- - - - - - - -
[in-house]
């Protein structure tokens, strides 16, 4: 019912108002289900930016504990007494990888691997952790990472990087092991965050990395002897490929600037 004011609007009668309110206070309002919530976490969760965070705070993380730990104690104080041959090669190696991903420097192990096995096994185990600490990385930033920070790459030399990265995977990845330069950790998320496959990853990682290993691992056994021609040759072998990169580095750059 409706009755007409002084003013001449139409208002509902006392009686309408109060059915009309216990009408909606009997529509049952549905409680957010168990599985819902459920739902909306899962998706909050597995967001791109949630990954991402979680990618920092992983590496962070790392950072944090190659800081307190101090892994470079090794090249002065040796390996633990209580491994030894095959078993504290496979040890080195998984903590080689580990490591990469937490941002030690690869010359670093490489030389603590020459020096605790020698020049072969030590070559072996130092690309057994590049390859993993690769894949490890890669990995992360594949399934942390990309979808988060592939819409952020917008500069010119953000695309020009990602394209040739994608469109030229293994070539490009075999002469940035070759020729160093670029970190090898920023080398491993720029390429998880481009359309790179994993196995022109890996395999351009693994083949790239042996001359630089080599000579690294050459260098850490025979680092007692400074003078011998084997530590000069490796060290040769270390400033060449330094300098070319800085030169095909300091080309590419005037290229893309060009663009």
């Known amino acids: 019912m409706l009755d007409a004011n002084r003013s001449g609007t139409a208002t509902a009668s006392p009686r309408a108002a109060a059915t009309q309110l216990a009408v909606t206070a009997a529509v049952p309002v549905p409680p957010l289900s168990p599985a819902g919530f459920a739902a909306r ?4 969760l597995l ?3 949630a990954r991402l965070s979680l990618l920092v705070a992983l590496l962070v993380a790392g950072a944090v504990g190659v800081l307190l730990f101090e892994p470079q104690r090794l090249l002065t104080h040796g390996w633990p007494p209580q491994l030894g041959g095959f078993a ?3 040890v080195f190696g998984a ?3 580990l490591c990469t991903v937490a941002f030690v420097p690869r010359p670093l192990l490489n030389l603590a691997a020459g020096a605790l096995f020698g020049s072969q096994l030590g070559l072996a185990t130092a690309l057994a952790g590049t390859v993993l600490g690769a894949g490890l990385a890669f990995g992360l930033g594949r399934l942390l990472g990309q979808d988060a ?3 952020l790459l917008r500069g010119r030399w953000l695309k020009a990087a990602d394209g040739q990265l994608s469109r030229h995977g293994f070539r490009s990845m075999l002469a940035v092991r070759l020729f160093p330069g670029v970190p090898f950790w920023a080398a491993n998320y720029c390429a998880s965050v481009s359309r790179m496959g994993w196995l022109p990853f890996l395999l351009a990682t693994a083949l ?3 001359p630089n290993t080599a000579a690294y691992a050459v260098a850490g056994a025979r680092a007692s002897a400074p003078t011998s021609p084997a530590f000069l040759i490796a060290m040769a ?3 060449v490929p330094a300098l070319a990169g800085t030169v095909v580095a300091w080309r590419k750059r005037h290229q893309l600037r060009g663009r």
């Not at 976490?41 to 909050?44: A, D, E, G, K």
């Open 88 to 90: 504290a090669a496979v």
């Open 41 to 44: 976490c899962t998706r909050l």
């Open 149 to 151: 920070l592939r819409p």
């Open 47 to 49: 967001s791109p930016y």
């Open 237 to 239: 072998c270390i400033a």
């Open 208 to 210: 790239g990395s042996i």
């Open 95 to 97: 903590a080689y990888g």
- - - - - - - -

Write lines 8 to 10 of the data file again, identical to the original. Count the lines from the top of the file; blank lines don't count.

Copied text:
């Open 47 to 49: 967001s791109p930016y």
């Open 237 to 239: 072998c270390i400033a």
């Open 208 to 210: 790239g990395s042996i």